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Alumni profile: Leif Jentoft, S.M. ’13, Ph.D. ’14
With RightHand Robotics, this alumnus offers a novel piece-picking solution for e-commerce
Human beings are generally pretty good at grasping an item off a shelf; we can reach out and grab our favorite coffee mug just as the pot finishes percolating without giving the action a second thought.
For a robot, this seemingly simple action presents a plethora of complex challenges, from knowing what to grab (which mug?) to how to grasp it (squeeze the handle?)
RightHand Robotics, a startup co-founded by Leif Jentoft, S.M. ’13, Ph.D. ’14, is pioneering a hardware and software solution that gives robots the ability to automatically pick and grasp items with speed and judgment closer to that of a human worker.
The company grew out of research conducted by Jentoft and his colleagues in the Harvard Biorobotics Laboratory, run by Rob Howe, Abbott and James Lawrence Professor of Engineering at the John A. Paulson School of Engineering and Applied Sciences (SEAS). Jentoft, who studied engineering sciences at SEAS, joined the lab because of his interest in developing technology to solve real-world problems.
“Grasping is a very complicated problem. How do you make a robot that can grasp many different items it has never seen before?” he said. “The challenge is that every single item looks different, is shaped different, and feels different—there’s a lot of variation.”
Seeking a simpler solution than the expensive multi-motor robotic hands on the market, Jentoft and his collaborators designed a device that mimics the biomechanics of a human hand. This underactuated robotic hand used a single motor for several flexible joints and soft fingertips that shape the hand to an object.
They refined the design for the Defense Advanced Research Projects Agency (DARPA) Robotics Challenge, which pits research teams against one another in a race to develop the best technology for robotically disarming land mines. Jentoft’s team won the competition, and the victory inspired him to commercialize the technology.
“When you are trying to build out technology, you can’t just build something cool and be done with it; you have to understand what people want,” he said. “You change the world at the intersection of what is innovative and what is needed.”
Jentoft saw that unmet need in the logistics market. With the rapidly growing prevalence of ecommerce, enormous warehouses are used to fill a frenzy of online orders. At the same time, demographic shifts and economic realities are making it increasingly difficult for companies to hire warehouse workers to prepare and process shipments.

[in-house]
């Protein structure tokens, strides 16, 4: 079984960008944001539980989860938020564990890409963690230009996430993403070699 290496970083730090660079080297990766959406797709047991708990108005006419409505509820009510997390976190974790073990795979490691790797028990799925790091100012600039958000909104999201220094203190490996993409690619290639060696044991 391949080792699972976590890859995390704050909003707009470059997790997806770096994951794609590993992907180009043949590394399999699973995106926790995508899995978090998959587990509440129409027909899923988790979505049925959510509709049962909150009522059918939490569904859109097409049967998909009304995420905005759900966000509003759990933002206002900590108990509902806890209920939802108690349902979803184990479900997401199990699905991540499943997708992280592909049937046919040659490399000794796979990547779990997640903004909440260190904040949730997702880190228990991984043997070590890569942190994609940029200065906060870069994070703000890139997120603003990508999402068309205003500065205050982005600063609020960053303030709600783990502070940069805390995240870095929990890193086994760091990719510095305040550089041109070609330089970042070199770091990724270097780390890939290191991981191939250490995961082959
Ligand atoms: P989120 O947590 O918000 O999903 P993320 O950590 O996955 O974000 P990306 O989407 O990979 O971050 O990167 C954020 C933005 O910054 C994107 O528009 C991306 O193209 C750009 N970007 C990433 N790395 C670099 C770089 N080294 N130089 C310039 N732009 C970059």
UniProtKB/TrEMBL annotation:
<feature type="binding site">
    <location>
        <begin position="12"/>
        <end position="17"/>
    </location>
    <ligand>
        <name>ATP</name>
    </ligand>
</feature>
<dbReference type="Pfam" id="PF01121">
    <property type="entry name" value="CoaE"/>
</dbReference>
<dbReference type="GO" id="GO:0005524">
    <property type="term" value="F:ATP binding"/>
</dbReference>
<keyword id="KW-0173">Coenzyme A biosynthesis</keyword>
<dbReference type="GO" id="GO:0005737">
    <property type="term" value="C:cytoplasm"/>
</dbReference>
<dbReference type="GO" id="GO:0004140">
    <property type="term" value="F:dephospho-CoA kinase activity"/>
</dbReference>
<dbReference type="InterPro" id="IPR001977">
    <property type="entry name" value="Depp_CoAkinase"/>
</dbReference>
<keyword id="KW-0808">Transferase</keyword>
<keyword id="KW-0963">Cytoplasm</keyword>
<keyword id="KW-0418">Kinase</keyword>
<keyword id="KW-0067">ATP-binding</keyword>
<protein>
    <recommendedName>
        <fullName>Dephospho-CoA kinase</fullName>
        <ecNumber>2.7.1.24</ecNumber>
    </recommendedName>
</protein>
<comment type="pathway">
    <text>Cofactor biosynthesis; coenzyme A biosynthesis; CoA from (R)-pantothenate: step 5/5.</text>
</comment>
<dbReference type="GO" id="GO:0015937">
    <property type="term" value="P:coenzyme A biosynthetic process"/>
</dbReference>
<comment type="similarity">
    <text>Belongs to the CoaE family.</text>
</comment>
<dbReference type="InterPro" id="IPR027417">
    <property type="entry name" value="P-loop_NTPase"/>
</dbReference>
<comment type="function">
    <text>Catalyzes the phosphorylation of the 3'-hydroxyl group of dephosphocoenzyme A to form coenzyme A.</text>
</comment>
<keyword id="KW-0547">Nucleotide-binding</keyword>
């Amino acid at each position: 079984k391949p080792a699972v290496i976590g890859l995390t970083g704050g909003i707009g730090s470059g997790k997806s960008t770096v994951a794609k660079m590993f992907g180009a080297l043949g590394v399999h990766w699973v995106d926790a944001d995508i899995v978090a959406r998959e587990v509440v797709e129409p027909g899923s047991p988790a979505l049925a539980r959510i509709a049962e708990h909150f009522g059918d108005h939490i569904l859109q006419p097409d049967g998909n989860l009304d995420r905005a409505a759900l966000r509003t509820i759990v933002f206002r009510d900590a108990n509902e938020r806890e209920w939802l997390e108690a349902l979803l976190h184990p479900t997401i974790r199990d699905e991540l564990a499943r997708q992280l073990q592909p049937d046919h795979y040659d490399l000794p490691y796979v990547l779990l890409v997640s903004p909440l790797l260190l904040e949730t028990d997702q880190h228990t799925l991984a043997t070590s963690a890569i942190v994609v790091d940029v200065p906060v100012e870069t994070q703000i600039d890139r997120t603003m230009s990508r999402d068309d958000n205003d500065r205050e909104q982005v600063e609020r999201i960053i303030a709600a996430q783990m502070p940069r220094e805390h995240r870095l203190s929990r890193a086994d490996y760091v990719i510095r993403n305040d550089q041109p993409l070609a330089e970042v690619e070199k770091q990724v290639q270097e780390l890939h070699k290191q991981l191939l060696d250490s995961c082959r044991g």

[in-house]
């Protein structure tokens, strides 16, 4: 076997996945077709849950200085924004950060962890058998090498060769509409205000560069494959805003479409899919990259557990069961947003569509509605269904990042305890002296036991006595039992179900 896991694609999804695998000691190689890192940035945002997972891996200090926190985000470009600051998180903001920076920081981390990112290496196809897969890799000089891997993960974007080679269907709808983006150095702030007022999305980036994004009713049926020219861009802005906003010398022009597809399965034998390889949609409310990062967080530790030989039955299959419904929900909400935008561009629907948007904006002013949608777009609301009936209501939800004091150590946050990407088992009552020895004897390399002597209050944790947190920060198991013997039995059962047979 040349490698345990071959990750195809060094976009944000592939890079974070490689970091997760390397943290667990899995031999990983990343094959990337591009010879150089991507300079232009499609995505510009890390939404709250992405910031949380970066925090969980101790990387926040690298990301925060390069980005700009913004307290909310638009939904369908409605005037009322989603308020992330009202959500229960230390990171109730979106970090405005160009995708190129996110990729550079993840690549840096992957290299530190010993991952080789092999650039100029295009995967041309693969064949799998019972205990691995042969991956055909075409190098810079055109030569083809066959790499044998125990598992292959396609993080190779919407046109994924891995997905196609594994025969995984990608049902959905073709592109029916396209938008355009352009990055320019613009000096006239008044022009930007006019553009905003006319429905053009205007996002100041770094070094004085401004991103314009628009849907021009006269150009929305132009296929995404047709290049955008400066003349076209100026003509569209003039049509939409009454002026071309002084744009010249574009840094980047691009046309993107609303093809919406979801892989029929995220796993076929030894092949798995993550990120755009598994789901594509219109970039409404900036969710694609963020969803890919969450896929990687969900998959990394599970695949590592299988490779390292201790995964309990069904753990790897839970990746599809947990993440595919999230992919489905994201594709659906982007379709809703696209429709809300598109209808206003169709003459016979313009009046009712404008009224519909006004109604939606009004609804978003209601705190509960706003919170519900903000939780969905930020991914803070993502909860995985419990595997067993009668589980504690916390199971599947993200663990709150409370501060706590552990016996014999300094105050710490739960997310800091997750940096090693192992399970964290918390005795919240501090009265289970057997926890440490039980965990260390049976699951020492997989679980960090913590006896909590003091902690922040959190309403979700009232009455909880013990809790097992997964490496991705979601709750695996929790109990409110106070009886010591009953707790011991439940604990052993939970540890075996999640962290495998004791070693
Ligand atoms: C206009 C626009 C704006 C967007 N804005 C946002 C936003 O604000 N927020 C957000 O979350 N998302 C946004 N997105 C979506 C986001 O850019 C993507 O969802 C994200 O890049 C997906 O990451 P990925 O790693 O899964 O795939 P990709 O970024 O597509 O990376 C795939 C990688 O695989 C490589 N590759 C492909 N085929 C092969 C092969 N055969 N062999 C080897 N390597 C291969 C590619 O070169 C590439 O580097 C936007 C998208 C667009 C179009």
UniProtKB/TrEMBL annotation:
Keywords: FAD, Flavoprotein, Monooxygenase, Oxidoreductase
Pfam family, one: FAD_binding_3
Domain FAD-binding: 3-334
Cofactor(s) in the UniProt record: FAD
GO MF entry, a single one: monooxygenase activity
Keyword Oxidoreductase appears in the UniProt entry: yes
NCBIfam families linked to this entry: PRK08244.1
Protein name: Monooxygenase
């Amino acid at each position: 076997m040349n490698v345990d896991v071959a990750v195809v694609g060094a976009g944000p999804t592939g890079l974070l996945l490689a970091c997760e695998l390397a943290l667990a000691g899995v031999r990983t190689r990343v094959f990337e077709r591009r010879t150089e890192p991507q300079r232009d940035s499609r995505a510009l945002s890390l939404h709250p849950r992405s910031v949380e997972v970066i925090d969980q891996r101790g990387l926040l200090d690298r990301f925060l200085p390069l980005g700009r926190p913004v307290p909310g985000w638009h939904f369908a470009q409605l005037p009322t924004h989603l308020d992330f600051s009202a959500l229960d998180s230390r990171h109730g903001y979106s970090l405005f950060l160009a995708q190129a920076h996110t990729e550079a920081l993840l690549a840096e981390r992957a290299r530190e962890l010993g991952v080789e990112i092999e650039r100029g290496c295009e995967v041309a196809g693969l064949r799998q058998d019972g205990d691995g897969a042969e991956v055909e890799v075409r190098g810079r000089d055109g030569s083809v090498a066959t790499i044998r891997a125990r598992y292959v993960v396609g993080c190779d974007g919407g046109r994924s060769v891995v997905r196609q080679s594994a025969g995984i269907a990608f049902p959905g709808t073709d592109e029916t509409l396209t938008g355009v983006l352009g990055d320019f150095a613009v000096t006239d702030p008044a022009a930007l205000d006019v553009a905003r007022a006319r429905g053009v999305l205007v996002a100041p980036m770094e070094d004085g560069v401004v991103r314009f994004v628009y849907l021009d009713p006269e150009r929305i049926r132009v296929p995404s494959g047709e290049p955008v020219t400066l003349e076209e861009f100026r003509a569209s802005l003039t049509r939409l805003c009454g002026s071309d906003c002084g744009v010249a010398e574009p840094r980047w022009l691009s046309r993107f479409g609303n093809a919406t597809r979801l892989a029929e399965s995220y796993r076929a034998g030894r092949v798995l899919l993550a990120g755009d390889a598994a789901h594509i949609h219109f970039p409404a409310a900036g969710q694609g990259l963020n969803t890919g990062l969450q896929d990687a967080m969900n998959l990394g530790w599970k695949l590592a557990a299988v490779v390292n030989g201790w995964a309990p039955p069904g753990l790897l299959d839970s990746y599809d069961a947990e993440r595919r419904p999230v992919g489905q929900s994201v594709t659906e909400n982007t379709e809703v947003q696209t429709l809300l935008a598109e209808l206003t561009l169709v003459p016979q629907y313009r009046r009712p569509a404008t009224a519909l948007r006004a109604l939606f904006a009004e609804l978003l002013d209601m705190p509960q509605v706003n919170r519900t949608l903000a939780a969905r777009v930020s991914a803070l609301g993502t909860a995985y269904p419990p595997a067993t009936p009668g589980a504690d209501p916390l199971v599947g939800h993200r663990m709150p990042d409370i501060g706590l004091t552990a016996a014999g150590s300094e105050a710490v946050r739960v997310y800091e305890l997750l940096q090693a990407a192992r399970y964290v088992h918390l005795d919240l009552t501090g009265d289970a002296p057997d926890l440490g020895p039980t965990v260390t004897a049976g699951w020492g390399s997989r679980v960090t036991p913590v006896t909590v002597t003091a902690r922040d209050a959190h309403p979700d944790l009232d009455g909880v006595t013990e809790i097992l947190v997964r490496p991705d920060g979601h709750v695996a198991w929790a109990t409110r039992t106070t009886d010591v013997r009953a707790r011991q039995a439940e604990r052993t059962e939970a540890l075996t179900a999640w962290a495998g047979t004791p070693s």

RightHand Robotics, co-founded by Jentoft, Howe, Yaro Tenzer, and Lael Odhner in 2014, offers end-to-end solutions, retrofitting adaptable hardware and software to existing warehouse workflows to improve efficiency.
In addition to producing several different models of robotic hands—the most sophisticated designs now feature adaptive fingers and fingertip inertial measurement sensors—the company’s solutions also involve 3D computer vision cameras and machine-learning software that enable robots to adapt to new objects and unfamiliar situations.
When it comes to picking items, the “brains” of the robots (the data processing and machine-learning algorithms) are just as important as the hands, Jentoft said.
“Robots have been picking items in factories for decades, but they were not good enough for the logistics industry,” he said. “We’re not just grabbing one thing off the rack in the same position. What makes our solutions unique is that we are grabbing thousands of different items using the same software and the same hardware.”
These “smart” robots enable a warehouse to operate with longer hours and improve picking accuracy. By generating detailed workflow data, the robots can help a company improve systems, plan the ideal set-up for new warehouses, and scale up operations.
As a startup in a fast-paced industry, the biggest challenge Jentoft now faces is working with a much wider range of people, from project managers to sales executives. The collaborative nature of SEAS helped him develop the soft skills necessary to navigate the challenges of growing a business, he said. The firm has experienced rapid expansion—RightHand Robotics now has dozens of employees and recently moved into a new dedicated facility two miles from Harvard and MIT.
As more retailers expand their online offerings, Jentoft expects demand to keep booming. And though he is focused on growing the company, he remains a scientist at heart and still finds himself captivated by his team’s latest developments.
“When I walk through the lab now, our robots are doing things that were science fiction when I was in grad school,” he said. “It is incredible to see something that we developed in the lab now in full production. Knowing this technology will help people solve a problem is extremely rewarding.”
Watch RightHand Robotics' piece-picking "smart" robotic hand in action.